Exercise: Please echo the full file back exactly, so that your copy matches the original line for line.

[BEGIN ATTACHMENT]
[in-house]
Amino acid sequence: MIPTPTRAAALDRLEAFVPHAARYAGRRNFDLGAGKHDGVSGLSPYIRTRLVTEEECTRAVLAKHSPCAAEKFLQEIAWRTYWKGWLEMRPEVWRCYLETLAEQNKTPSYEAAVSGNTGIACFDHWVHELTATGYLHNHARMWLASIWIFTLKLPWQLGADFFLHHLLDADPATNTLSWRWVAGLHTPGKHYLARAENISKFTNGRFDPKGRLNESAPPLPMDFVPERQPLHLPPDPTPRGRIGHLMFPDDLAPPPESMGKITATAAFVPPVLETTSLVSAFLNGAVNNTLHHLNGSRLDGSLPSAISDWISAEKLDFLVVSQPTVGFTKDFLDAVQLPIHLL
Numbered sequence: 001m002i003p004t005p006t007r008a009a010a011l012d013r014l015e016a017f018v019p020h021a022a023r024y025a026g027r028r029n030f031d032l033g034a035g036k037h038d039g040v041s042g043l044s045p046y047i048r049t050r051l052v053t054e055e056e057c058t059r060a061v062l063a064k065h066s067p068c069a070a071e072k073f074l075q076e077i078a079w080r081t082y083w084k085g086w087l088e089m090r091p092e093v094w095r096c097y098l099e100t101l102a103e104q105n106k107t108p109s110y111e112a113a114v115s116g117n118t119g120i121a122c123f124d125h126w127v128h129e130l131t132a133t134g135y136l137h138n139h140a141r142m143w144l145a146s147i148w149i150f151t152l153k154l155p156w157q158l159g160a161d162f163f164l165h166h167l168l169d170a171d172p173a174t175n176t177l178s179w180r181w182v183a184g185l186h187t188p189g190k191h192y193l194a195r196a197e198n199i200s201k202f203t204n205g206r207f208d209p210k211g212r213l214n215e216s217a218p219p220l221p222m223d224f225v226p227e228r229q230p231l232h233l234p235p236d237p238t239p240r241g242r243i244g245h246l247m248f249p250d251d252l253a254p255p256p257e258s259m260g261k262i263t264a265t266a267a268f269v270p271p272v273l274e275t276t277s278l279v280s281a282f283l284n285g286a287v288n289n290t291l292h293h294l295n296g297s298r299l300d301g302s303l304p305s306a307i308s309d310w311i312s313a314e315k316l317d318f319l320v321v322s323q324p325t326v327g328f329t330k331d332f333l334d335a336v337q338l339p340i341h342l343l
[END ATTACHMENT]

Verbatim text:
[in-house]
Amino acid sequence: MIPTPTRAAALDRLEAFVPHAARYAGRRNFDLGAGKHDGVSGLSPYIRTRLVTEEECTRAVLAKHSPCAAEKFLQEIAWRTYWKGWLEMRPEVWRCYLETLAEQNKTPSYEAAVSGNTGIACFDHWVHELTATGYLHNHARMWLASIWIFTLKLPWQLGADFFLHHLLDADPATNTLSWRWVAGLHTPGKHYLARAENISKFTNGRFDPKGRLNESAPPLPMDFVPERQPLHLPPDPTPRGRIGHLMFPDDLAPPPESMGKITATAAFVPPVLETTSLVSAFLNGAVNNTLHHLNGSRLDGSLPSAISDWISAEKLDFLVVSQPTVGFTKDFLDAVQLPIHLL
Numbered sequence: 001m002i003p004t005p006t007r008a009a010a011l012d013r014l015e016a017f018v019p020h021a022a023r024y025a026g027r028r029n030f031d032l033g034a035g036k037h038d039g040v041s042g043l044s045p046y047i048r049t050r051l052v053t054e055e056e057c058t059r060a061v062l063a064k065h066s067p068c069a070a071e072k073f074l075q076e077i078a079w080r081t082y083w084k085g086w087l088e089m090r091p092e093v094w095r096c097y098l099e100t101l102a103e104q105n106k107t108p109s110y111e112a113a114v115s116g117n118t119g120i121a122c123f124d125h126w127v128h129e130l131t132a133t134g135y136l137h138n139h140a141r142m143w144l145a146s147i148w149i150f151t152l153k154l155p156w157q158l159g160a161d162f163f164l165h166h167l168l169d170a171d172p173a174t175n176t177l178s179w180r181w182v183a184g185l186h187t188p189g190k191h192y193l194a195r196a197e198n199i200s201k202f203t204n205g206r207f208d209p210k211g212r213l214n215e216s217a218p219p220l221p222m223d224f225v226p227e228r229q230p231l232h233l234p235p236d237p238t239p240r241g242r243i244g245h246l247m248f249p250d251d252l253a254p255p256p257e258s259m260g261k262i263t264a265t266a267a268f269v270p271p272v273l274e275t276t277s278l279v280s281a282f283l284n285g286a287v288n289n290t291l292h293h294l295n296g297s298r299l300d301g302s303l304p305s306a307i308s309d310w311i312s313a314e315k316l317d318f319l320v321v322s323q324p325t326v327g328f329t330k331d332f333l334d335a336v337q338l339p340i341h342l343l